(she had tried to write the word ‘steal’ but she could not bring her pen to form the letters)
‘is monstrous. But, somehow, the circumstances have been made to look bad against him, and they say that he must come over here to the magistrates. I often think that of all men in the world papa is the most unfortunate. Everything seems to go against him, and yet he is so good! Poor mamma has been over here, and she is distracted. I never saw her so wretched before. She has been to your friend Mr Walker, and came to me afterwards for a minute. Mr Walker has got something to do with it, though mamma says she thinks he is quite friendly to papa. I wonder whether you could find out, through Mr Walker, what he thinks about it. Of course, mamma knows that papa has done nothing wrong; but she says that the whole thing is so mysterious, and that she does not know how to account for the money. Papa, you know, is not like other people. He forgets things; and is always thinking, thinking, thinking of his great misfortunes. Poor papa! My heart bleeds so when I remember all his sorrows, that I hate myself for thinking about myself.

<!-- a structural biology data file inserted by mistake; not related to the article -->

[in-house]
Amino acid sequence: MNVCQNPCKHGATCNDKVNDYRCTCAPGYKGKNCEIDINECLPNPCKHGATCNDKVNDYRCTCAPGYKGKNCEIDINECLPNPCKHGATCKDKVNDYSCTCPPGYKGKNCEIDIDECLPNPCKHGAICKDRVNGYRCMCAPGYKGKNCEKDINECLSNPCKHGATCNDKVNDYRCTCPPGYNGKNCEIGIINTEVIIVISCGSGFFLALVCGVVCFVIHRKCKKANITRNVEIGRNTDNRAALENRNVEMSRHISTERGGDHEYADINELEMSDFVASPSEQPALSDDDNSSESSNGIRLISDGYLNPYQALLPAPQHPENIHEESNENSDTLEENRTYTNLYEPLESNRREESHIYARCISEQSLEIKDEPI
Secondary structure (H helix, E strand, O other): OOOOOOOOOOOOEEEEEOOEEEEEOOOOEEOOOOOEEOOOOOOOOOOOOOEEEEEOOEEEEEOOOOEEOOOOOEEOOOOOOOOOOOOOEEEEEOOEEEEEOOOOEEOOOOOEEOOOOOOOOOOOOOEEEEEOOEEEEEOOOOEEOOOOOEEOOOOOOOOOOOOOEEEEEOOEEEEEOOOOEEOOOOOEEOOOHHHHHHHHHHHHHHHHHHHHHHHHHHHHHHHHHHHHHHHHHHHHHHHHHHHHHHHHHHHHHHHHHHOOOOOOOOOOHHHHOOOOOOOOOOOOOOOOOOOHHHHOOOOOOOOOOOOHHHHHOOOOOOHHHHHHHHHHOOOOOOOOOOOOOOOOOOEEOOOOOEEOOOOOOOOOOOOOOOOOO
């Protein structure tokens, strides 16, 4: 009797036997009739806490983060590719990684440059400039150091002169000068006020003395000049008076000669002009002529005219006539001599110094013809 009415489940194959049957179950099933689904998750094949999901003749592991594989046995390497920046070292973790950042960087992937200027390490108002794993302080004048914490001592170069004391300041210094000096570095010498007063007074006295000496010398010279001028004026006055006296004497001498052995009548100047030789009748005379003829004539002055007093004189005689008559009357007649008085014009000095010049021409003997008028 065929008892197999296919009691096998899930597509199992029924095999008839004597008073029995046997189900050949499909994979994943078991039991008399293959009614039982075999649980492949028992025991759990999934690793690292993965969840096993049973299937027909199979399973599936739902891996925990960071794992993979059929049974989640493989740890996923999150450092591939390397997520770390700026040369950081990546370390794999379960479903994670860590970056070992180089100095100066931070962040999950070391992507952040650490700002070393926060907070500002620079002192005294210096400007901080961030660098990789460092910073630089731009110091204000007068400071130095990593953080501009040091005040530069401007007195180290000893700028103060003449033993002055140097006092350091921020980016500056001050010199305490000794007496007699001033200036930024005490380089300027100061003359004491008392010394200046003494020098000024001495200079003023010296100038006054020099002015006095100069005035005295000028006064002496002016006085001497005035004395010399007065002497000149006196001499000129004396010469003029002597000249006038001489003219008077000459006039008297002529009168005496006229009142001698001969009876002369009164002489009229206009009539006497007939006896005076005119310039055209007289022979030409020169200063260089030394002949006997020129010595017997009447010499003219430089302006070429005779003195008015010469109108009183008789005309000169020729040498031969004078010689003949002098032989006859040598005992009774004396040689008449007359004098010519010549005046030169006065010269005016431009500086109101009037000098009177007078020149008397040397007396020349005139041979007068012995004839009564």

‘When mamma left me — and it was then I first knew that papa would really have to be tried — I went to Miss Annabella, and told her that I would go home. She asked me why, and I said I would not disgrace her house by staying in it. She got up and took me in her arms, and there came a tear out of both her dear old eyes, and she said that if anything evil came to papa — which she would not believe, as she knew him to be a good man — there should be a home in her house not only for me, but for mamma and Jane. Isn’t she a wonderful woman? When I think of her, I sometimes think that she must be an angel already. Then she became very serious — for just before, through her tears she had tried to smile — and she told me to remember that all people could not be like her, who had nobody to look to but herself and her sister; and that at present I must task myself not to think of that which I had been thinking of before. She did not mention anybody’s name, but of course I understood very well what she meant; and I suppose she is right. I said nothing in answer to her, for I could not speak. She was holding my hand, and I took hers up and kissed it, to show her, if I could, that I knew that she was right; but I could not have spoken about it for all the world. It was not ten days since that she herself, with all her prudence, told me that she thought I ought to make up my mind what answer I would give him. And then I did not say anything; but of course she knew. And after that Miss Anne spoke quite freely about it, so that I had to beg her to be silent even before the girls. You know how imprudent she is. But it is all over now. Of course Miss Annabella is right. He has got a great many people to think of; his father and mother, and his darling little Edith, whom he brought here twice, and left her with us once for two days, so that she got to know me quite well; and I took such a love for her, that I could not bear to part with her. But I think sometimes that all our family are born to be unfortunate, and then I tell myself that I will never hope for anything again.